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IRS.gov Website
Publication 505
taxmap/pubs/p505-015.htm#en_us_publink1000240674

How To Pay
Estimated Tax(p35)

rule
There are five ways to pay estimated tax.
taxmap/pubs/p505-015.htm#en_us_publink1000240658

Credit an Overpayment(p35)

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If you show an overpayment of tax after completing your Form 1040 or Form 1040A for 2011, you can apply part or all of it to your estimated tax for 2012. On line 75 of Form 1040, or line 44 of Form 1040A, enter the amount you want credited to your estimated tax rather than refunded. Take the amount you have credited into account when figuring your estimated tax payments. If you timely file your 2011 return, treat the credit as a payment made on April 15, 2012.
If you are a beneficiary of an estate or trust, and the trustee elects to credit 2012 trust payments of estimated tax to you, you can treat the amount credited as paid by you on January 15, 2013.
If you choose to have an overpayment of tax credited to your estimated tax, you cannot have any of that amount refunded to you until you file your tax return for the following year. You also cannot use that overpayment in any other way.
taxmap/pubs/p505-015.htm#en_us_publink1000240659

Example.(p35)

When Kathleen finished filling out her 2011 tax return, she saw that she had overpaid her taxes by $750. Kathleen knew she would owe additional tax in 2012. She credited $600 of the overpayment to her 2012 estimated tax and had the remaining $150 refunded to her.
In September, she amended her 2011 return by filing Form 1040X, Amended U.S. Individual Income Tax Return. It turned out that she owed $250 more in tax than she had thought. This reduced her 2011 overpayment from $750 to $500. Because the $750 had already been applied to her 2012 estimated tax or refunded to her, the IRS billed her for the additional $250 she owed, plus penalties and interest. Kathleen could not use any of the $600 she had credited to her 2012 estimated tax to pay this bill.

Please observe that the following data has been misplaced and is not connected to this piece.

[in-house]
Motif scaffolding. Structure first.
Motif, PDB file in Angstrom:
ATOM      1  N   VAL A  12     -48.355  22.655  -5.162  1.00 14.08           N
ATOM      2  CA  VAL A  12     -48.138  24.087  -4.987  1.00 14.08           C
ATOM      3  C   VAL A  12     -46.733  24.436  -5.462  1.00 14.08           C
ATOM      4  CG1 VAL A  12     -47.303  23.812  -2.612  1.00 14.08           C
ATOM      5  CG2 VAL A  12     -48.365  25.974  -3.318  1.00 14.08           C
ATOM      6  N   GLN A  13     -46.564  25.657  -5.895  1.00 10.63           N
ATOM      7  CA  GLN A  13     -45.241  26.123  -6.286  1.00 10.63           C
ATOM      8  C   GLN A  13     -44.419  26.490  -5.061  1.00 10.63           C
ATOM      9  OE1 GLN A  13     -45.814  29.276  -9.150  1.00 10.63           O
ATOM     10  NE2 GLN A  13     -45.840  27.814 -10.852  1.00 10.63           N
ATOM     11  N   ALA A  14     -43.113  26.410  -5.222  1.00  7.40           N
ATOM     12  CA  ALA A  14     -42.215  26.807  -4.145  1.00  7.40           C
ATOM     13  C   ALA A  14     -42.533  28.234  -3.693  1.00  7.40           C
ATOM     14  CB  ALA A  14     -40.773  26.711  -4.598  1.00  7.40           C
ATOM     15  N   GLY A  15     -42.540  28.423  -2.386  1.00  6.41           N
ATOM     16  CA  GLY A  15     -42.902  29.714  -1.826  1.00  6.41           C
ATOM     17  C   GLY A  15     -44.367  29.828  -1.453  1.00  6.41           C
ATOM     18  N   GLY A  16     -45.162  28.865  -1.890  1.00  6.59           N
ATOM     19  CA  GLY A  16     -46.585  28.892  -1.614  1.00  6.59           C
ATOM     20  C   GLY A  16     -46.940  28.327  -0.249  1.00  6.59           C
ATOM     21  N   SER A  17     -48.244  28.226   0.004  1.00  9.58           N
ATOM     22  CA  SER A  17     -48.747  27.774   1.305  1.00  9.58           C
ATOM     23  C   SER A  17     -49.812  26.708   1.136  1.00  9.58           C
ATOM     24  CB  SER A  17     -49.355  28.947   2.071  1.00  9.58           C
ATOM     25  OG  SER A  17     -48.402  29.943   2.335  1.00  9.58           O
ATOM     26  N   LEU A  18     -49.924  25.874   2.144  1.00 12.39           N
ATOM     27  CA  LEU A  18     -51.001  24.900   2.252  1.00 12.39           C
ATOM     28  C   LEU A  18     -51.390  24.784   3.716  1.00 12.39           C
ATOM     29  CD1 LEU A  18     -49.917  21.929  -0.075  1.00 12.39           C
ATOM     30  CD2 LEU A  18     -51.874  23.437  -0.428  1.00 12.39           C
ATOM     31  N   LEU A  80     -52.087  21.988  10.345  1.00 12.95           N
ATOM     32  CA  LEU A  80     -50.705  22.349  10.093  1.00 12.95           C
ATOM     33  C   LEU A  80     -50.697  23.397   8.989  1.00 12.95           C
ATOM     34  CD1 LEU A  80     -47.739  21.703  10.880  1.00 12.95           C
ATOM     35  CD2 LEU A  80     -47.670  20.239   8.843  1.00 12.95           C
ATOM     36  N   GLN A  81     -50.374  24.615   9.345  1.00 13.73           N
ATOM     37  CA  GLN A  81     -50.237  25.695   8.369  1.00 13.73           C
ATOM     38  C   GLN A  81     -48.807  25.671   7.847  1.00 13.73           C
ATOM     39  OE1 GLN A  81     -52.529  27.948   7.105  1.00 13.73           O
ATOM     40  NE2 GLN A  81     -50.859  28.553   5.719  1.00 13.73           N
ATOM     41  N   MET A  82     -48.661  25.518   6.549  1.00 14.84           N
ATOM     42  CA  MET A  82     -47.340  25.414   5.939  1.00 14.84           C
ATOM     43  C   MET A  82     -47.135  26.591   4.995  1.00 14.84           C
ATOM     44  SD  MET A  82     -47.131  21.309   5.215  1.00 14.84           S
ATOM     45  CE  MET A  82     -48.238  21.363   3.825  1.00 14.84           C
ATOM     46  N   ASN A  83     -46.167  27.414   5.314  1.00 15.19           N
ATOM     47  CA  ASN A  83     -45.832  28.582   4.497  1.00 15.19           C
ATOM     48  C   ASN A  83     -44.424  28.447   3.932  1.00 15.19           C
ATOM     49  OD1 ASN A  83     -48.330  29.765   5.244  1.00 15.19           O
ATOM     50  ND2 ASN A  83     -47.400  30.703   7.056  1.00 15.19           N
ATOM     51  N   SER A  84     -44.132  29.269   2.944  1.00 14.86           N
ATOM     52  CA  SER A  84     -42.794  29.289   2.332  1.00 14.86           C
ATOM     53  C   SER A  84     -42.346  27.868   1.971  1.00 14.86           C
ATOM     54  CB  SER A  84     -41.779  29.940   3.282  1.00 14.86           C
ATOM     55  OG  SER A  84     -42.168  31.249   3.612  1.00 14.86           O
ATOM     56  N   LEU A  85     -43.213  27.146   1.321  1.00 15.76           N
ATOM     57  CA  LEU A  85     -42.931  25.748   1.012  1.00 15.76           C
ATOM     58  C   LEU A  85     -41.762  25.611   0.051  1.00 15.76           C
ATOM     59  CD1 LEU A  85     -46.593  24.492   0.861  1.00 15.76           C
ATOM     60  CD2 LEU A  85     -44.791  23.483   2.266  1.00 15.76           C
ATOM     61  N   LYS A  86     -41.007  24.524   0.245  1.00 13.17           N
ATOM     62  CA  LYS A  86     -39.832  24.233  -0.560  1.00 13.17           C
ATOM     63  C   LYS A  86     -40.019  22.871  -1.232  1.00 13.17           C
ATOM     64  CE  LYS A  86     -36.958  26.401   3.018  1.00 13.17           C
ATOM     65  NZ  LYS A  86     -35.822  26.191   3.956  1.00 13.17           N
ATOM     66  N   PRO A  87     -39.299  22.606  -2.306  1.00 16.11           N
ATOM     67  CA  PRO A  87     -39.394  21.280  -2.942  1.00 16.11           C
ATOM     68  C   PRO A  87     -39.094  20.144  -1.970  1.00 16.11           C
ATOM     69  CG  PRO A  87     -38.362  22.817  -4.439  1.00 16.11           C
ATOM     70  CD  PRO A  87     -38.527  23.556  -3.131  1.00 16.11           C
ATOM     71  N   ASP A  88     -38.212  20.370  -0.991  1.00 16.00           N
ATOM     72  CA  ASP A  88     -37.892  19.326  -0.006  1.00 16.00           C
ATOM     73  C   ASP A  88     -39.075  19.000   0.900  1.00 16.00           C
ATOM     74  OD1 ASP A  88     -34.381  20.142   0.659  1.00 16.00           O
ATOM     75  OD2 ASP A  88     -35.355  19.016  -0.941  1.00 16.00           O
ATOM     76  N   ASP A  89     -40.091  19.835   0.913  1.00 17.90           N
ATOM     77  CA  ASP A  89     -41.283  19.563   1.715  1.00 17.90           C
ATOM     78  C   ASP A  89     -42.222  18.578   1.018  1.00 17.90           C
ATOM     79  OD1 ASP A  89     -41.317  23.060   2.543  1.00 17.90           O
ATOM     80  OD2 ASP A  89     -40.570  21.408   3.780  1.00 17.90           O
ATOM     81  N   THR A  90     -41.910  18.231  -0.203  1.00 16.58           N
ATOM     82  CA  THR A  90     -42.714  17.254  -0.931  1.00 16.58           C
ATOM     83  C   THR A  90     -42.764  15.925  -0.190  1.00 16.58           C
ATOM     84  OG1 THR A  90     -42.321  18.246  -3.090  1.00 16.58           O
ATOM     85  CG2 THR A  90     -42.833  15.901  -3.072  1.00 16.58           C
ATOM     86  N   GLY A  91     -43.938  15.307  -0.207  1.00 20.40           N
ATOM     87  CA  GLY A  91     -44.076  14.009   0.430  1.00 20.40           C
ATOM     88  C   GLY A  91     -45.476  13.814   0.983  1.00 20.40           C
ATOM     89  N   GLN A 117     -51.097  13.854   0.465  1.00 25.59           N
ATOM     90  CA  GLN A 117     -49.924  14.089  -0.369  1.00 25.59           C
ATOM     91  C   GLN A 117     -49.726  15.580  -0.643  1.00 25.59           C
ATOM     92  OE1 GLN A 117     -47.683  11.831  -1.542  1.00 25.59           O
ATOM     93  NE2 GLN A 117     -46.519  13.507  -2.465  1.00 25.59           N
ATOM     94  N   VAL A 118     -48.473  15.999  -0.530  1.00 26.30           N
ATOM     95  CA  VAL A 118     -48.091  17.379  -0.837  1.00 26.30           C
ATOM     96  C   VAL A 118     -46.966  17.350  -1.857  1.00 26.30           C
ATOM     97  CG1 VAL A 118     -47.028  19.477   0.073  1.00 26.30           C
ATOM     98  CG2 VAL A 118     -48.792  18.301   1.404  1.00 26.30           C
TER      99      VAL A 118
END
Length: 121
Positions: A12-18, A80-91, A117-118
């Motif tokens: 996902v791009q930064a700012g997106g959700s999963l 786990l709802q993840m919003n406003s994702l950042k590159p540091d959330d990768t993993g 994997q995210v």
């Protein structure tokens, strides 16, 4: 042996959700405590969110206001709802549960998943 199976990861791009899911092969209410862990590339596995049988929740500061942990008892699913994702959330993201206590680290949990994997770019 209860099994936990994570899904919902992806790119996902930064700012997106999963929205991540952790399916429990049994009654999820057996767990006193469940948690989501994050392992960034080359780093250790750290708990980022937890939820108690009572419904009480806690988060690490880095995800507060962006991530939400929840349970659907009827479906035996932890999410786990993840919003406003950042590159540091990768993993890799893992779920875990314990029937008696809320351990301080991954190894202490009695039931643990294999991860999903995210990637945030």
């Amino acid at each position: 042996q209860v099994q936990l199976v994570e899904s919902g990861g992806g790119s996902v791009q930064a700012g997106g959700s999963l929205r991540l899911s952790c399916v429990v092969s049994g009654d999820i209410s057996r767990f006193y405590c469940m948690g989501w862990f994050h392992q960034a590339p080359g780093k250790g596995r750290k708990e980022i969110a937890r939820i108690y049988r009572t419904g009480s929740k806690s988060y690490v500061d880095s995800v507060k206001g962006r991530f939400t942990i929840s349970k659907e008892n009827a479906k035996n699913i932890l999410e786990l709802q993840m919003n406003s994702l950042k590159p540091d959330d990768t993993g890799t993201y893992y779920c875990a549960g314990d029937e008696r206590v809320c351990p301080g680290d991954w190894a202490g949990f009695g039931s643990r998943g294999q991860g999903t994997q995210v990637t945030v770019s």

taxmap/pubs/p505-015.htm#en_us_publink1000240660

Pay by Check or Money Order Using the Estimated Tax Payment Voucher(p35)

rule
Each payment of estimated tax by check or money order must be accompanied by a payment voucher from Form 1040-ES. If you use your own envelopes (and not the window envelope that comes with the 1040-ES package), make sure you mail your payment vouchers to the address shown in the Form 1040-ES instructions for the place where you live.
EIC
Do not use the address shown in the Form 1040 or Form 1040A instructions.
If you did not pay estimated tax last year, get a copy of Form 1040-ES from the IRS (see chapter 5). Follow the instructions in the package to make sure you use the vouchers correctly.
taxmap/pubs/p505-015.htm#en_us_publink1000240663

Joint estimated tax payments.(p35)

rule
If you file a joint return and are making joint estimated tax payments, enter the names and social security numbers on the payment voucher in the same order as they will appear on the joint return.
taxmap/pubs/p505-015.htm#en_us_publink1000240664

Change of address.(p35)

rule
You must notify the IRS if you are making estimated tax payments and you changed your address during the year. Send a clear and concise written statement to the Internal Revenue Service Center where you filed your last return and provide all of the following information. You can use Form 8822, Change of Address, for this purpose.
taxmap/pubs/p505-015.htm#en_us_publink1000240665

Pay Electronically(p36)

rule
For information on paying your estimated taxes electronically, including by Electronic Federal Tax Payment System, Electronic funds withdrawal, or credit or debit card, go to www.irs.gov/e-pay.